The North Carolina legislature is dealing with some issues crucial to the future of the state, which has caused some issues deemed not quite as important to be put on hold.
Such is a bill State Rep. Jon Hardister (R-Guilford) had drafted to make the hypsibema the official state dinosaur for North Carolina.
Hardister’s bill, which he says won’t be introduced until the long session in 2021, is in response to a letter he received from Avery Mitcham, a fourth grade student at Alamance Elementary School.
In the letter to Hardister, Mitcham states, “I believe North Carolina should have a state dinosaur. It should be the Hypsibema, a dinosaur with duck billed mouths. My first reason is because this dinosaur’s fossils were found in Sampson County, North Carolina in 1869. My second reason is because Hypsibema is also the state dinosaur of Missouri so it must be a good dinosaur. My last reason is the fossils have only been found in Missouri and North Carolina so it needs to be the state dinosaur of North Carolina too. Now you can clearly see why North Carolina needs a state dinosaur.”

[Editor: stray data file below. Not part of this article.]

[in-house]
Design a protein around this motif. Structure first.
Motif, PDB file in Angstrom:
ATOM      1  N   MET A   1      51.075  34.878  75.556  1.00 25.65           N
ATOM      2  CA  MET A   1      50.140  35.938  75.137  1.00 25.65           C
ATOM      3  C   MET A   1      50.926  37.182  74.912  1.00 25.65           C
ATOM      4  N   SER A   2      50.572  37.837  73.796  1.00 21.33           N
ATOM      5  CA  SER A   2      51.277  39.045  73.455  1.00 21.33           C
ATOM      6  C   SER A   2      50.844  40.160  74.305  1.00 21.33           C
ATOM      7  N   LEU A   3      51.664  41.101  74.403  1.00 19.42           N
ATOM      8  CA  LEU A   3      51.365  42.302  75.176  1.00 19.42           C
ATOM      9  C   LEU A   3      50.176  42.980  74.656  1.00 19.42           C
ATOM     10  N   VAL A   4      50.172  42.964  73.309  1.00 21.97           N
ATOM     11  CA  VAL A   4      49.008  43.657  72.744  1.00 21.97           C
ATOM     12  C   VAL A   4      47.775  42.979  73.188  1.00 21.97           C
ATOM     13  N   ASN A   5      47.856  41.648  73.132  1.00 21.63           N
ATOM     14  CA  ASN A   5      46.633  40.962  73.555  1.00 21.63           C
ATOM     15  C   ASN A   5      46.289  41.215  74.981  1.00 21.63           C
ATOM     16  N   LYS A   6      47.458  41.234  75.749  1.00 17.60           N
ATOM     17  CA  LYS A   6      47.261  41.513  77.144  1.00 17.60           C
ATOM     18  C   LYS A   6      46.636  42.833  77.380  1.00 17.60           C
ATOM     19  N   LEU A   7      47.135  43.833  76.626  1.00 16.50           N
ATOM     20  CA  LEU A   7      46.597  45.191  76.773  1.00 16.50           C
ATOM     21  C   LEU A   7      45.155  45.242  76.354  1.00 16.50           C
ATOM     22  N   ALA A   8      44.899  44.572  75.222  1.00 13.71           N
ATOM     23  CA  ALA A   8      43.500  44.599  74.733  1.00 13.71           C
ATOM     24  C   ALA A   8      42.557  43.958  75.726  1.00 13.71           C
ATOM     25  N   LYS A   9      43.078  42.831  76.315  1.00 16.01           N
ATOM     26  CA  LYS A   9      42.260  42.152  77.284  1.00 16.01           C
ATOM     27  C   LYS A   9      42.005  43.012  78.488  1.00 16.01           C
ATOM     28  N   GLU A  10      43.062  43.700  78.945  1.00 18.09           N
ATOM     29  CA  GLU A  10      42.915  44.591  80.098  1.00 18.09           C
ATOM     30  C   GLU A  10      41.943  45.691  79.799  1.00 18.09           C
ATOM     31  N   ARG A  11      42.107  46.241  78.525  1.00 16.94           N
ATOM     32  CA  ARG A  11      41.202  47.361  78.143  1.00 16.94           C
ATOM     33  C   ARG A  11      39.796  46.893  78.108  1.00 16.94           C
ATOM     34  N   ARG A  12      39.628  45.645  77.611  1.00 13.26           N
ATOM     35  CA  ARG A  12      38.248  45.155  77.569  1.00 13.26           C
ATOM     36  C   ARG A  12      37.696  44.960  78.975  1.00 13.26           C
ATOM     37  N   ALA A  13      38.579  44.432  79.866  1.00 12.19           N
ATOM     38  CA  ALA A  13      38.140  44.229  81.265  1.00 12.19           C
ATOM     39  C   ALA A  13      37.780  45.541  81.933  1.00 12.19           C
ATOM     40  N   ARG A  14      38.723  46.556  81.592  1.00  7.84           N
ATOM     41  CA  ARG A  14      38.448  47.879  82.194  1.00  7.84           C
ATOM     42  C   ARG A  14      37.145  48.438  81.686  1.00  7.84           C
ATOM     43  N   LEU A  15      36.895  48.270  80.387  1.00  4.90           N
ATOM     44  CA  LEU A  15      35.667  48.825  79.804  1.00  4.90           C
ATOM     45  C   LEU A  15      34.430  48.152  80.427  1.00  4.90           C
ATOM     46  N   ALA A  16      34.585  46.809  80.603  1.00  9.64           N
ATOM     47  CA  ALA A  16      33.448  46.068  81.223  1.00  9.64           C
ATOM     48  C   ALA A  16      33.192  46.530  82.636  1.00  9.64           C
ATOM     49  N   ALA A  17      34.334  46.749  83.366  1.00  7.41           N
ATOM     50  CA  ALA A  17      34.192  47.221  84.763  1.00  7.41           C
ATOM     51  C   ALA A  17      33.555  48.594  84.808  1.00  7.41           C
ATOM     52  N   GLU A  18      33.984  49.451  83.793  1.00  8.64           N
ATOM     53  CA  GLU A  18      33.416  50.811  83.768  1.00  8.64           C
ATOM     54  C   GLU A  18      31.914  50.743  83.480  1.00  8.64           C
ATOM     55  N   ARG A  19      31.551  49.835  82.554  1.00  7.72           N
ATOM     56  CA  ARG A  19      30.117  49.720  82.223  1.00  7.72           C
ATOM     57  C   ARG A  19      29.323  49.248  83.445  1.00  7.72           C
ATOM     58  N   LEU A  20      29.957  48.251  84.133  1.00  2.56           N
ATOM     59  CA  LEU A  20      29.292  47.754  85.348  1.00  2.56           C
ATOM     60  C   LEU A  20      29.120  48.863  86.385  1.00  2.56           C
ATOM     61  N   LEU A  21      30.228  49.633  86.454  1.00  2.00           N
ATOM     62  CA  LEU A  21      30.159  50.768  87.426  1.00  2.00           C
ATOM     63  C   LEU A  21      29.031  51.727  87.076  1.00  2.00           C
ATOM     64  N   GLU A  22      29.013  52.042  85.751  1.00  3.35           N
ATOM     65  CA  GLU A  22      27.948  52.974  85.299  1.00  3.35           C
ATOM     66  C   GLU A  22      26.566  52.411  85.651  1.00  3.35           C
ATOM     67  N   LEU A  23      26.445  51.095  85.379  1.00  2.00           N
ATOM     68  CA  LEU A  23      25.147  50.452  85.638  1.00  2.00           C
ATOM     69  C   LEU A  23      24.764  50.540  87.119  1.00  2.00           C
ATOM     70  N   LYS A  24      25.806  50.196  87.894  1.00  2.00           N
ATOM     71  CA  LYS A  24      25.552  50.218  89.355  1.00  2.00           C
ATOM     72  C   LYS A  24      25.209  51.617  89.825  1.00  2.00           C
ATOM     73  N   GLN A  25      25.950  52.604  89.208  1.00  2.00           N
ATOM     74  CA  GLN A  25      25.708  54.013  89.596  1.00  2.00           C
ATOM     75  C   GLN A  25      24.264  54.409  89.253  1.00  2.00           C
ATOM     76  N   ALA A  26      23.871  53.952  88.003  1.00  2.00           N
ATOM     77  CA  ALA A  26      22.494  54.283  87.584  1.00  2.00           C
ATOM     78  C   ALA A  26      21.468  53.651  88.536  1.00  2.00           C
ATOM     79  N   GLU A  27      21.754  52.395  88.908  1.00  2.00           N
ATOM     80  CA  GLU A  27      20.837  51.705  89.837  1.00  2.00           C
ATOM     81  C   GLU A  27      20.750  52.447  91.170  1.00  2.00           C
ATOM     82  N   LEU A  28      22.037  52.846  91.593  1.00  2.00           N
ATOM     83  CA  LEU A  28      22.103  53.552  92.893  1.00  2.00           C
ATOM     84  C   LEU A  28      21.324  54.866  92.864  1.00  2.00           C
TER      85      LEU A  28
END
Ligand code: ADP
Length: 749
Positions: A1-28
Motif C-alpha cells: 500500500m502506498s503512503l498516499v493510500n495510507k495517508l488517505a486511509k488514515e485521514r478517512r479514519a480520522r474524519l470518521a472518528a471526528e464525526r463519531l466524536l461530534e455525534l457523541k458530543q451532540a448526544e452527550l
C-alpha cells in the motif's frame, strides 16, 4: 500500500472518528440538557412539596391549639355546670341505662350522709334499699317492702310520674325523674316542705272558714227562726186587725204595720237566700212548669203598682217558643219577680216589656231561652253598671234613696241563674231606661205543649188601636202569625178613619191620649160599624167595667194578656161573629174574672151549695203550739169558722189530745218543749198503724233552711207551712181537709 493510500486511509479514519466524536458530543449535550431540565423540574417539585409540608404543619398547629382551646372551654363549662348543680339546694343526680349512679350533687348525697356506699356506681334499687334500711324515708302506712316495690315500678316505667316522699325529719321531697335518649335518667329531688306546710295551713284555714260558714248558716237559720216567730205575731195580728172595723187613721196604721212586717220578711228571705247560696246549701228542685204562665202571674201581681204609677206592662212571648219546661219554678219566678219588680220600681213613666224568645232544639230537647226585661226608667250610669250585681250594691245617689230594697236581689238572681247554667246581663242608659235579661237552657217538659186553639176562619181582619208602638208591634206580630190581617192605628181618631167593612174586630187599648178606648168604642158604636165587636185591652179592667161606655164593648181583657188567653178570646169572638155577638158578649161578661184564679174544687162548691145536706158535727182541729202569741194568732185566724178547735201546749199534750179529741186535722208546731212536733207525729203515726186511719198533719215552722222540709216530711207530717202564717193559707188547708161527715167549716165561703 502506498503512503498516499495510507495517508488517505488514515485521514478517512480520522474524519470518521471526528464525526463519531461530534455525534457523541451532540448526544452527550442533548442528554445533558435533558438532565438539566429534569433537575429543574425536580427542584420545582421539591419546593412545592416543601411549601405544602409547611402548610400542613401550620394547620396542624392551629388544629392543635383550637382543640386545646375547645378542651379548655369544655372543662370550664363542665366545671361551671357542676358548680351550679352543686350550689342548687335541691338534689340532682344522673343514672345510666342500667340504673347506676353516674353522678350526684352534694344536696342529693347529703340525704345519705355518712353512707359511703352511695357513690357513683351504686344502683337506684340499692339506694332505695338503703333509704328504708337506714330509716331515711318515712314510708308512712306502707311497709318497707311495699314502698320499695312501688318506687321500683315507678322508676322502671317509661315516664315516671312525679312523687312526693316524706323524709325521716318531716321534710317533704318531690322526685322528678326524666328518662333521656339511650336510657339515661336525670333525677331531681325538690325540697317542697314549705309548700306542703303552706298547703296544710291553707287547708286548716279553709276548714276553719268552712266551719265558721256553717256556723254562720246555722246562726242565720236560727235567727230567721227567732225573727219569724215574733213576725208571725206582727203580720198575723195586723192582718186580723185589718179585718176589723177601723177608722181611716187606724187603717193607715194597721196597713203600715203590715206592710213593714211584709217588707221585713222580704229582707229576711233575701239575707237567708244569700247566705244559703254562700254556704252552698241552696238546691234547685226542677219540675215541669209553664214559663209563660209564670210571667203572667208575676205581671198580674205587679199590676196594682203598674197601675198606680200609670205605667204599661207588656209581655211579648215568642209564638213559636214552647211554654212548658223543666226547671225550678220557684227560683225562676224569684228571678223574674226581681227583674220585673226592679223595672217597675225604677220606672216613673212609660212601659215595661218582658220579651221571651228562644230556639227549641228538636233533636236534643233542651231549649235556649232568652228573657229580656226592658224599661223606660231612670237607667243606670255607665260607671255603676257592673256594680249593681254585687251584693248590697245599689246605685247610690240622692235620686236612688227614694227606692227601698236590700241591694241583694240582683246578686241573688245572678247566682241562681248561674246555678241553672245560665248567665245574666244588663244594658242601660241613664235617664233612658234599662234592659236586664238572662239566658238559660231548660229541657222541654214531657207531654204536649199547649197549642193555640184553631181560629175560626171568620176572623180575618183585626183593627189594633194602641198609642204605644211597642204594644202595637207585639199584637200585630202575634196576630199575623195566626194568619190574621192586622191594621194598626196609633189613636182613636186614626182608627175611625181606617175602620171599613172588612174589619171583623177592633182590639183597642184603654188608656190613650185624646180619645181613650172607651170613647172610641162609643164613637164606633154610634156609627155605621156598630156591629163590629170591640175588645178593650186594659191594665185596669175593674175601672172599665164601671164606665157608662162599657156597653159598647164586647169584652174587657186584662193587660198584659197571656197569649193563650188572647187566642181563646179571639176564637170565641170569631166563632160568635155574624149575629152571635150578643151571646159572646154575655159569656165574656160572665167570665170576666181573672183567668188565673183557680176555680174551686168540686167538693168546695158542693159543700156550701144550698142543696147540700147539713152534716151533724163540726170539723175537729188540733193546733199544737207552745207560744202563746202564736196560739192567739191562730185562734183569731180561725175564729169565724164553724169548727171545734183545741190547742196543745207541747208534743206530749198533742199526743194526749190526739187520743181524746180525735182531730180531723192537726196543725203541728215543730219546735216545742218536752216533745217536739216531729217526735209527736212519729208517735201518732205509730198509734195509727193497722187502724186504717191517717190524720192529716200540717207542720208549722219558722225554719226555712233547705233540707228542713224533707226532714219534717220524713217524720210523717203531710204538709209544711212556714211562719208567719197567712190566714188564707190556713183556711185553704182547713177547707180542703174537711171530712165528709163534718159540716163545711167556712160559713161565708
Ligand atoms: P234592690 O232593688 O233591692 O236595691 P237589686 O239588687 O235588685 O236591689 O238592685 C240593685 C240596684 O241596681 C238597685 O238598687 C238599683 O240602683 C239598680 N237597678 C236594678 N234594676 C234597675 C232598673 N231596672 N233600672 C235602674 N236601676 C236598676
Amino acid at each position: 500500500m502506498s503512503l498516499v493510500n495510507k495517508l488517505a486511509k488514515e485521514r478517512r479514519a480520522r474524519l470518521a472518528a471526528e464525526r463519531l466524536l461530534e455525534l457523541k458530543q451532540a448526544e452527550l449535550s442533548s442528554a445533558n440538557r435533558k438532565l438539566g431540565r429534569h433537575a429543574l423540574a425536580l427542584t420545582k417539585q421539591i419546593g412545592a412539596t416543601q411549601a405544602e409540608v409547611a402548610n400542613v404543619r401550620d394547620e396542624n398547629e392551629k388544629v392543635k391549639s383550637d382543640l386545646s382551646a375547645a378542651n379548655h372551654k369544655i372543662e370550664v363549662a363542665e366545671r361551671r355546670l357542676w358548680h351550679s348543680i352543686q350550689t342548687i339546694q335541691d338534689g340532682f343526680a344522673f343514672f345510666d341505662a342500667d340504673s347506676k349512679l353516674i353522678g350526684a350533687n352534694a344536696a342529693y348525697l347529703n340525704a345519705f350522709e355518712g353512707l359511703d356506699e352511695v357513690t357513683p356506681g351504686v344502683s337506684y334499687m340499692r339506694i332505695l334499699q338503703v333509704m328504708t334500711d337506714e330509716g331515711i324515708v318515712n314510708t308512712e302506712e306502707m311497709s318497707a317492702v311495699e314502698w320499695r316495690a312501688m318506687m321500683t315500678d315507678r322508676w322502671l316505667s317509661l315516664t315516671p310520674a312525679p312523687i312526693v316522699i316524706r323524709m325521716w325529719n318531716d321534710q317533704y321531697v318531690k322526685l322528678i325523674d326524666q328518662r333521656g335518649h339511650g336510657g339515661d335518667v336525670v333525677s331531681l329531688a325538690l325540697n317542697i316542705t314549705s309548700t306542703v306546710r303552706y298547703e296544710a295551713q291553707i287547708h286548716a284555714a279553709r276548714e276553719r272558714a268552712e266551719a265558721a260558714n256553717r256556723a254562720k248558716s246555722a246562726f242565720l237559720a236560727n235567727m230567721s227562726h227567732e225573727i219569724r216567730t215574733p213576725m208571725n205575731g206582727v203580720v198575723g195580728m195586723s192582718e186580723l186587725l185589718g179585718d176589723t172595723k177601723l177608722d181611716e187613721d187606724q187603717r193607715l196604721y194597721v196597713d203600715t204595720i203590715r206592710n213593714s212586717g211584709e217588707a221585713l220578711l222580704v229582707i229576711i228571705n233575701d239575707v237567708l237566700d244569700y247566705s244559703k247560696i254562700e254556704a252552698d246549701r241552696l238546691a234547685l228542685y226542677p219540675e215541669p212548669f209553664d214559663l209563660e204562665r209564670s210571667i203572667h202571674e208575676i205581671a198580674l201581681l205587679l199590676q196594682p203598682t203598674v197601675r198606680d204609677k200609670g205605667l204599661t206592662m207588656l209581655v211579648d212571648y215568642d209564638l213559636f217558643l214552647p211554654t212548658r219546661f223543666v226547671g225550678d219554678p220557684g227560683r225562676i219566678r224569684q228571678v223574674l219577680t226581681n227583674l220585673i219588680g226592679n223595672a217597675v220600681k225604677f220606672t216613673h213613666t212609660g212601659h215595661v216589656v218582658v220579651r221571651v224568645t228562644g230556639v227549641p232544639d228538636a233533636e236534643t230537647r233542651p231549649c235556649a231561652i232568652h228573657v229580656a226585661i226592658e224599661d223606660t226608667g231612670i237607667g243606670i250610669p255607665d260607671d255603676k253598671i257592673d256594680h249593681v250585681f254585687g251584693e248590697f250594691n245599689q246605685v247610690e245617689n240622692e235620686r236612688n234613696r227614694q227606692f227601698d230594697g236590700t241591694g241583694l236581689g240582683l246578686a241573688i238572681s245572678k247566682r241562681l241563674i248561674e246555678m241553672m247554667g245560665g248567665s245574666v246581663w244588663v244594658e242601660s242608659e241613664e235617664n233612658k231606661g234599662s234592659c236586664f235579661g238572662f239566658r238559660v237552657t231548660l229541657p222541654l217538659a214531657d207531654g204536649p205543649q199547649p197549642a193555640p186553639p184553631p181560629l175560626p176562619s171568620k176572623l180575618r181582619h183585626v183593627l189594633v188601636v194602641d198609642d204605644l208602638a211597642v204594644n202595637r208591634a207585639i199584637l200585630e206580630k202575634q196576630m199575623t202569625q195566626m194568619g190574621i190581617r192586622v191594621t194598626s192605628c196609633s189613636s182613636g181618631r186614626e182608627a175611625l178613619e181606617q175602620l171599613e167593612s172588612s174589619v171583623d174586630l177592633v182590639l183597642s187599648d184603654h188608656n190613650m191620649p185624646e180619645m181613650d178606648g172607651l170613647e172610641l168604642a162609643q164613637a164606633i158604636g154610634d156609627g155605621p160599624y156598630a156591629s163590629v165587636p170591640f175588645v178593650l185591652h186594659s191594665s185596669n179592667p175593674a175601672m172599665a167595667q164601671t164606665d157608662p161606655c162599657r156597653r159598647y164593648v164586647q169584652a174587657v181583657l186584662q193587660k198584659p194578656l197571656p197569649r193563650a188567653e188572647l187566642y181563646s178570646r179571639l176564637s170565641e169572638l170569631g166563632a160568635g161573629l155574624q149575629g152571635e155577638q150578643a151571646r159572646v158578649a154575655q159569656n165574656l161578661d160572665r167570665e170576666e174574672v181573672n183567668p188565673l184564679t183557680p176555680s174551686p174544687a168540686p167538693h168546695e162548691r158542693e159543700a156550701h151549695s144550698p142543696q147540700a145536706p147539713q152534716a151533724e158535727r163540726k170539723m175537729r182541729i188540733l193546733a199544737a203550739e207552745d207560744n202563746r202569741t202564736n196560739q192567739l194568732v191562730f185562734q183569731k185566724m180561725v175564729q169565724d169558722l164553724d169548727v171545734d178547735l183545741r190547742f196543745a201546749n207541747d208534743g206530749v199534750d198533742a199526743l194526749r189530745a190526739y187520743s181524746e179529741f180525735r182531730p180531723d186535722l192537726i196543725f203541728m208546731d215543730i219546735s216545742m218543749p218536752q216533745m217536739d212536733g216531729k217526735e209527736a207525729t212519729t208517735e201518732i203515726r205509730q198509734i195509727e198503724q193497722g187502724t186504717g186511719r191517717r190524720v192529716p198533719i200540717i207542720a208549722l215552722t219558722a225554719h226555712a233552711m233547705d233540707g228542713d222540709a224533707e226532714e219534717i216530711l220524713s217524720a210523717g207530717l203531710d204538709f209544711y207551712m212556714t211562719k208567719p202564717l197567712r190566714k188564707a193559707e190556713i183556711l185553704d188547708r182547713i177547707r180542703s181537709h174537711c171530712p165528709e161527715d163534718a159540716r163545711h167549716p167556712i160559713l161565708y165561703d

Hardister responded, “Thank you very much for contacting me. I am very impressed with your idea of a State Dinosaur. Your reasons in favor of the Hypsibema are very persuasive.”
The result is that Hardister sent the information to the legislative staff and had a bill entitled, “An Act Adopting an Official Dinosaur of the State of North Carolina,” drafted.
The bill itself goes into a little more detail, stating, “Whereas, in 1869, state geologist, Washington Carruthers Kerr, discovered the bones of a duck-billed dinosaur known as Hypsibema in a marl pit on Six Runs Creek in Sampson County.”
The bill also notes that the hypsibema was a herbivore and that once lived in North Carolina and that fossils of the hypsibema crassicauda have only been found in the state of North Carolina.
For those who are wondering, the Missouri state dinosaur is the hypsibema missouriensis.